More from those crazy Nickelodeon guys -- Andy and Isaac

Read on to hear our final thoughts on the festival and to  enter to win the official Sundance Film Festival bag!
After a week to decompress from the festival, Andy and I had the chance to finish the final day out strong seeing films like Magic Magic (also w/ Michael Cera).  Looking back at the festival, we wish would could have eaten better things than granola bars, and had more sleep, but the real reason was to see films so we could help bring better options to the Nickelodeon. 
Andy and I both agreed with the Sundance Jury in that Fruitvale needed to win an award for its brutal honesty, and dynamic storytelling. In the end  it won the coveted U. S. Grand Jury Prize: Dramatic, and we know we will be seeing this film at the Nickelodeon sometime later this year.
One of the great surprises of this year’s festival was Chad Hartigan’s This is Martin Bonner, Andy mentioned it earlier in a post, but we loved the film, and audiences agreed.  The film took home the Audience Award in the “Best of NEXT” category.  Again, if you have a chance to see his first film, Luke and Brie are on a First Date, we recommend it highly. It played at Indie Grits, and the film also features the wonderful Ronnie Gunter (briefly). 
If we had to guess other films that should eventually make their way to our screen, we would guess In A World..., Crystal Fairy, Afternoon Delight, Ain’t Them Bodies Saints, Spectacular Now. Of course, we are in the transitional limbo where films are being bought and distribution being set before we know what we will be available to bring to Columbia and when these films will arise.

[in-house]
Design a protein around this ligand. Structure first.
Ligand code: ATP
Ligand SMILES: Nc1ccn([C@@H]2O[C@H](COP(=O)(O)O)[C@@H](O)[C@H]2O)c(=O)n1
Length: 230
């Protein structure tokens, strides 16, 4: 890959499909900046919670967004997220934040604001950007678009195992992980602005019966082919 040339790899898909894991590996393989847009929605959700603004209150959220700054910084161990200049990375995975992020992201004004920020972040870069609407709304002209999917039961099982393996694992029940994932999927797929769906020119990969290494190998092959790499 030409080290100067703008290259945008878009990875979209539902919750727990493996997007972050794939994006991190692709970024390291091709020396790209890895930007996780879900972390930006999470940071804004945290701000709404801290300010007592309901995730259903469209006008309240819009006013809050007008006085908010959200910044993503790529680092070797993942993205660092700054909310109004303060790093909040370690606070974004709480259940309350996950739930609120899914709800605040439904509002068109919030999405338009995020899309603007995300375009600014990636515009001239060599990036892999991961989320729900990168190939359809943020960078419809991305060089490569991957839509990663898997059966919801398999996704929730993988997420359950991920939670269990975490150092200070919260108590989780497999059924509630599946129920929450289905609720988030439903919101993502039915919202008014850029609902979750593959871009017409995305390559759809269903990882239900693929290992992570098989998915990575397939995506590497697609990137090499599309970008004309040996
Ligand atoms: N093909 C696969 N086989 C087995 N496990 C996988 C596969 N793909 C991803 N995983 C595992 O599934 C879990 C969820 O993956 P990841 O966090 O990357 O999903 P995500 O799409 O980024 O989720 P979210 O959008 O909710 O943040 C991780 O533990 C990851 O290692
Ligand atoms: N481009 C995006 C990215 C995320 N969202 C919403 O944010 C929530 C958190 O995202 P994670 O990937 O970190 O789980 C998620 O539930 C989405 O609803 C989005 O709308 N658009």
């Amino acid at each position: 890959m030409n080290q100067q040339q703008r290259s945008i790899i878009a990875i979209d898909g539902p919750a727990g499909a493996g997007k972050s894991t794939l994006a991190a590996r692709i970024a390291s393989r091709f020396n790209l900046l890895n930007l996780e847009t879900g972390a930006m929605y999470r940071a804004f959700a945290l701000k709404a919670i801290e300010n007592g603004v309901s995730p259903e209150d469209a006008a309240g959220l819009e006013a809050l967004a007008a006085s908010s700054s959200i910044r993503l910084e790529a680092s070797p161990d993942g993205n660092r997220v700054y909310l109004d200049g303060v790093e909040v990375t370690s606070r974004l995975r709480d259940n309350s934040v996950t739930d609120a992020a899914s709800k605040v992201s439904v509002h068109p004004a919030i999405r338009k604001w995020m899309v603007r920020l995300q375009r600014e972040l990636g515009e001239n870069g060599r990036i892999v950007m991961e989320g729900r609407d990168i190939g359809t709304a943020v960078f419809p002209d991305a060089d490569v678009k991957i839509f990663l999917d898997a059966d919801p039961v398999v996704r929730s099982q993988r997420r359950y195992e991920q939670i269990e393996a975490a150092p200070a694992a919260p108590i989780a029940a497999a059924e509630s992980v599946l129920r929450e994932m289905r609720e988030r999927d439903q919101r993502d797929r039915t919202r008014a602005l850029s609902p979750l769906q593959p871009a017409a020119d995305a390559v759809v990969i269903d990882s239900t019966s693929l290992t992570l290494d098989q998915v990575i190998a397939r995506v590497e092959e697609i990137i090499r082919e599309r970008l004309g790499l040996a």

Thanks for reading our blog, and as an added bonus, if you share this article with your friends on Facebook or Twitter and tag the Nick AND Jasper (@nicktheatre , @jasperadvises) you’ll be automatically entered into winning the Sundance Festival bag filled with the Sundance program, water bottle and other postcards!
We’ll see you at the movies, Andy and Isaac

More from Andy at Sundance

Yesterday the Convergence wrapped up and it always feels like the last day of camp. Kind of. You're all kind of exhausted, do a few more panels, get your picture taken and then pile on to a bus. But, the fun part is most of the delegates head over to Park City for Sundance. It's about a 30-minute drive to Park City and then we were dropped off at festival headquarters. Talk about a big shift in pace. From the quiet solitude of the Zermatt resort where the Convergence is held, the festival headquarters is always bustling. It took us a little while to get our credentials and then make our way to the condo. We're sharing a place this year with Landee and Cory from Maiden Alley Cinema in Paducah, KY and Lawren from Aperture Cinema in Winston-Salem.